You had beautiful shots in the Mayors of Shiprock.
Beautiful shots, especially the opening—you arranged for a rainbow.
We were very blessed that day. We weren’t expecting it. It looked like it was going to rain the whole time. And we went out there—it was raining. I asked my husband/producer, “What are we going to do?” He was like, ‘Well, just put a blanket over it and we’ll just shoot it.” And we did. And then that rainbow came out.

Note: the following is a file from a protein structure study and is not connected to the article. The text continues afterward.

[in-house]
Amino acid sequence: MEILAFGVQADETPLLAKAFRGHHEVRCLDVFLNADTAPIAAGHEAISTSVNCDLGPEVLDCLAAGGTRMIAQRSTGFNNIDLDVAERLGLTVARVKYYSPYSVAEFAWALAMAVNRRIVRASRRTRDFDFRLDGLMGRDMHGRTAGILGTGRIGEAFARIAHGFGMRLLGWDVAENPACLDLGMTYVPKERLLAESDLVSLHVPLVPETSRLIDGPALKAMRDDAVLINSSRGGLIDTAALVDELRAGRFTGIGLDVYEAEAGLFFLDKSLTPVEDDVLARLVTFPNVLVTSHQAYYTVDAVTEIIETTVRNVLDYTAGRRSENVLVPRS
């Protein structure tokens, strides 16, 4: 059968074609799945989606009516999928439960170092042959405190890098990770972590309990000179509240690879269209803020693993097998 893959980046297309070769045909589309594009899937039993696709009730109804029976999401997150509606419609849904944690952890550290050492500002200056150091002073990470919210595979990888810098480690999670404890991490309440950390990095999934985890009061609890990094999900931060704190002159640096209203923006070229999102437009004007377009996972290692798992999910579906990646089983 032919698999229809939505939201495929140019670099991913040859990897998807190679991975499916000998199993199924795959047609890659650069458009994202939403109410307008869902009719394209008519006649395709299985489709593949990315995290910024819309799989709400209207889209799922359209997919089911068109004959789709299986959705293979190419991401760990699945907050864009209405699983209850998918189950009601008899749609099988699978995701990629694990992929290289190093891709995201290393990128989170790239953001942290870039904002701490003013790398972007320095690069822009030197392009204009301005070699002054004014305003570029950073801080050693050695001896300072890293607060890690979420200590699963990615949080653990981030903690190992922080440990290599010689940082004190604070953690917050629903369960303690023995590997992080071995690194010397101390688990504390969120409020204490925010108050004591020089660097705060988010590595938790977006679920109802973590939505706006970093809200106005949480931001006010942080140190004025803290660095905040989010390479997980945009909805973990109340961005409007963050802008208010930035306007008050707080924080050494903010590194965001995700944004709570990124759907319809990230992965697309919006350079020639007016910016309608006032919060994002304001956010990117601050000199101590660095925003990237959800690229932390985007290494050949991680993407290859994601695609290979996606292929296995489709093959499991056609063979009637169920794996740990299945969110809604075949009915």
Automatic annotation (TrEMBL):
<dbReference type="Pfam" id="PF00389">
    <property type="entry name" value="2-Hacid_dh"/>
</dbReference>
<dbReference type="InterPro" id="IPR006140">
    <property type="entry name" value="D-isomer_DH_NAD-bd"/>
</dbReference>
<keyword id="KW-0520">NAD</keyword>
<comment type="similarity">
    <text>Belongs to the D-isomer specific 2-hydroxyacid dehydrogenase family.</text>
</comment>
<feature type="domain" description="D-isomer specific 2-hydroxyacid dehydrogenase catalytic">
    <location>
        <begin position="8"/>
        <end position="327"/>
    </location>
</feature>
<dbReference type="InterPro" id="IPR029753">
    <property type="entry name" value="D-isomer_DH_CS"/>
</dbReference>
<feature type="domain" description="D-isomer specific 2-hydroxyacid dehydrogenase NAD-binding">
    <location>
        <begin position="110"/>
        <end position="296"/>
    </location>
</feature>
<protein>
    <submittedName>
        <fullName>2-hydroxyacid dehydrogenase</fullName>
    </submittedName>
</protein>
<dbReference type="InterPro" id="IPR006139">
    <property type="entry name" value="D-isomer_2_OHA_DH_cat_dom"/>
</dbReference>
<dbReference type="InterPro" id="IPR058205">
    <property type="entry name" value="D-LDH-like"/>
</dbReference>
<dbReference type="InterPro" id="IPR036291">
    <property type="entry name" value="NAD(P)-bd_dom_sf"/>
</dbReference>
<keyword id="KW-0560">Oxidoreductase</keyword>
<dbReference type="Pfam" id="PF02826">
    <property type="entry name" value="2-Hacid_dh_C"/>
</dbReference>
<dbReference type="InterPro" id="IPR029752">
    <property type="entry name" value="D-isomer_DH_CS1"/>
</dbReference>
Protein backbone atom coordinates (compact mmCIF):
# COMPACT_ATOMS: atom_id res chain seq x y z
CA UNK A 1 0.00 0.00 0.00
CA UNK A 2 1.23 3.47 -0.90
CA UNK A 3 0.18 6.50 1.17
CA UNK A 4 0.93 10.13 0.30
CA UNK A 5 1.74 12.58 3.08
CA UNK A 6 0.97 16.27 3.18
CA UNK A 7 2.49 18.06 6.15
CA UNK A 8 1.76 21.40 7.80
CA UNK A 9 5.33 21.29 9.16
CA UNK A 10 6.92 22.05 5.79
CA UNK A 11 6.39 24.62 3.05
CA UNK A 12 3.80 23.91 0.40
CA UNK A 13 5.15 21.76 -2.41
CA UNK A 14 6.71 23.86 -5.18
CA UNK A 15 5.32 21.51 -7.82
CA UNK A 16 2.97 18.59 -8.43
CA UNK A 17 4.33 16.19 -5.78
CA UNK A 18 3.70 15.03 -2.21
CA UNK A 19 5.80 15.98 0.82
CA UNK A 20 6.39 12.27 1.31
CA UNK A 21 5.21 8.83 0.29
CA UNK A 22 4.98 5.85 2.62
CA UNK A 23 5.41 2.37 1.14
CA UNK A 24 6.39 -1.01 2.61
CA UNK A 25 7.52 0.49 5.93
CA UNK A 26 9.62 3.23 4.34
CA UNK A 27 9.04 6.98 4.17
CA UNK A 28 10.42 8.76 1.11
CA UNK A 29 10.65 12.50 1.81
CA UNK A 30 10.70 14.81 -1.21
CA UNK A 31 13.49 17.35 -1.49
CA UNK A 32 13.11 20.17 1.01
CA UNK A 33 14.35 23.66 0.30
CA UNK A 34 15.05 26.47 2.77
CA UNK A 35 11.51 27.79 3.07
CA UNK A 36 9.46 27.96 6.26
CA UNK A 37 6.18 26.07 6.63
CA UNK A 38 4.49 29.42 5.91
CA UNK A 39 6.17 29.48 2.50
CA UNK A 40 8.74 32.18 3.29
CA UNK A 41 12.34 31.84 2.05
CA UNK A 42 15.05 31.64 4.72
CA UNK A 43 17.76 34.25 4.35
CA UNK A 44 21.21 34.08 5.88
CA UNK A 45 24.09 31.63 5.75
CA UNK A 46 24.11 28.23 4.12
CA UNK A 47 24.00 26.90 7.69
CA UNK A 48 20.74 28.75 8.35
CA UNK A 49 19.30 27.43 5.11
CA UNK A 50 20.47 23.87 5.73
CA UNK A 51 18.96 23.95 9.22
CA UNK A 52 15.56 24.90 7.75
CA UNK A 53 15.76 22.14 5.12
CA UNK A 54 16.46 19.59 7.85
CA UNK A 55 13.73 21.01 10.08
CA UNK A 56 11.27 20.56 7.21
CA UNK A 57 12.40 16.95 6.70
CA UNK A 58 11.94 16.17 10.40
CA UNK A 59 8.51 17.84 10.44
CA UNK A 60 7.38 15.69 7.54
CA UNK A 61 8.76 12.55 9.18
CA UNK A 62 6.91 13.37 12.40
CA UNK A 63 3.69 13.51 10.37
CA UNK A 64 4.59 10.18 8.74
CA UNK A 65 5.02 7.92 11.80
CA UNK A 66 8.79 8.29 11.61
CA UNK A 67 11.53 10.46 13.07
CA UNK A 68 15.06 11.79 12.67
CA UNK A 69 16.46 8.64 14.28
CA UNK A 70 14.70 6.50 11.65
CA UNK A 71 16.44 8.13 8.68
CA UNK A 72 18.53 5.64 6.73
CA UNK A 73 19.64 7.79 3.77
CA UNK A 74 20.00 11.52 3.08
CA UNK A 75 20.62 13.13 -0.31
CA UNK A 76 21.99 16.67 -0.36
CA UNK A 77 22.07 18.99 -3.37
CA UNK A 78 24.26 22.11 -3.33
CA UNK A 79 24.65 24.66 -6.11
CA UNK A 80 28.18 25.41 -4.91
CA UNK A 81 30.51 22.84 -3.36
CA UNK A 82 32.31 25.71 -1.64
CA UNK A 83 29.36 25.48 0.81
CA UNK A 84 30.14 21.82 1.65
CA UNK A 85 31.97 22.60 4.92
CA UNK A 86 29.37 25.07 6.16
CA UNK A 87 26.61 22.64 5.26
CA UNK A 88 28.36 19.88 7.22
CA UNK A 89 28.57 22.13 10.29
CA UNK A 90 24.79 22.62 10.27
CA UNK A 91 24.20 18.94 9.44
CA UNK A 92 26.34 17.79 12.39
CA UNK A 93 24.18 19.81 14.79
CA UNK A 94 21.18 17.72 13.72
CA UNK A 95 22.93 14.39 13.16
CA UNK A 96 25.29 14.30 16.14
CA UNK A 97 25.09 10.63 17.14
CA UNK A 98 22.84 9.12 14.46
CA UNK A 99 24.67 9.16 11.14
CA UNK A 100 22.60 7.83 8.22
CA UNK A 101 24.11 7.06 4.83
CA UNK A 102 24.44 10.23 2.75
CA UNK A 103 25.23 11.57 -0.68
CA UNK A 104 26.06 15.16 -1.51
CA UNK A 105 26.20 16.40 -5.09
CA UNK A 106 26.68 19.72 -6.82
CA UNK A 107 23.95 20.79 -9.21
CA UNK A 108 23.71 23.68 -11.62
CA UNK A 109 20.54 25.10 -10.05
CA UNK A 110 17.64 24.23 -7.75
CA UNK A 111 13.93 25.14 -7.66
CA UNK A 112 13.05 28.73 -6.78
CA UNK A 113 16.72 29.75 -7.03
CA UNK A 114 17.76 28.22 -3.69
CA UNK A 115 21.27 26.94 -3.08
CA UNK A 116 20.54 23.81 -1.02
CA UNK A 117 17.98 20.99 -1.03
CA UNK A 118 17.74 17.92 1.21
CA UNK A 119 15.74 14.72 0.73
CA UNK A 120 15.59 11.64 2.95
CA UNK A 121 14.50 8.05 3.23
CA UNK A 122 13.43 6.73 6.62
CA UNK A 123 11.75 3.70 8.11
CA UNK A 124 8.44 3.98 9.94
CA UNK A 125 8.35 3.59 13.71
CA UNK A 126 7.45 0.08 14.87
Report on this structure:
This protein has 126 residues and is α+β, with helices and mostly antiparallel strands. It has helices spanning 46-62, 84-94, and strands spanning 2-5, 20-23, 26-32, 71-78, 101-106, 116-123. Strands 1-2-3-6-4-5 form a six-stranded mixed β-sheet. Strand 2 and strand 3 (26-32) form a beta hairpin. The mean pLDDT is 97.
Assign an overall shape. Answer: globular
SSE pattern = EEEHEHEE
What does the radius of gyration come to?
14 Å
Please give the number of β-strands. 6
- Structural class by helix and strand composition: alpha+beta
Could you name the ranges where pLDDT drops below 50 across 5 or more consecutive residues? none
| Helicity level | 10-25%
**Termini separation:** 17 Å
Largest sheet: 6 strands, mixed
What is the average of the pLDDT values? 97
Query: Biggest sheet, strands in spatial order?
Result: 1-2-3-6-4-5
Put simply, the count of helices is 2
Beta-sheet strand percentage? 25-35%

Joanna Hearne is associate professor in the English Department at the University of Missouri, where she teaches film studies and was the founding director of the Digital Storytelling Program. She has published a number of articles on Indigenous film and digital media, animation, early cinema, westerns, and documentary, and she edited the 2017 special issue of Studies in American Indian Literatures on “Digital Indigenous Studies: Gender, Genre and New Media." Her two books are Native Recognition: Indigenous Cinema and the Western (SUNY Press, 2012) and Smoke Signals: Native Cinema Rising (University of Nebraska Press, 2012).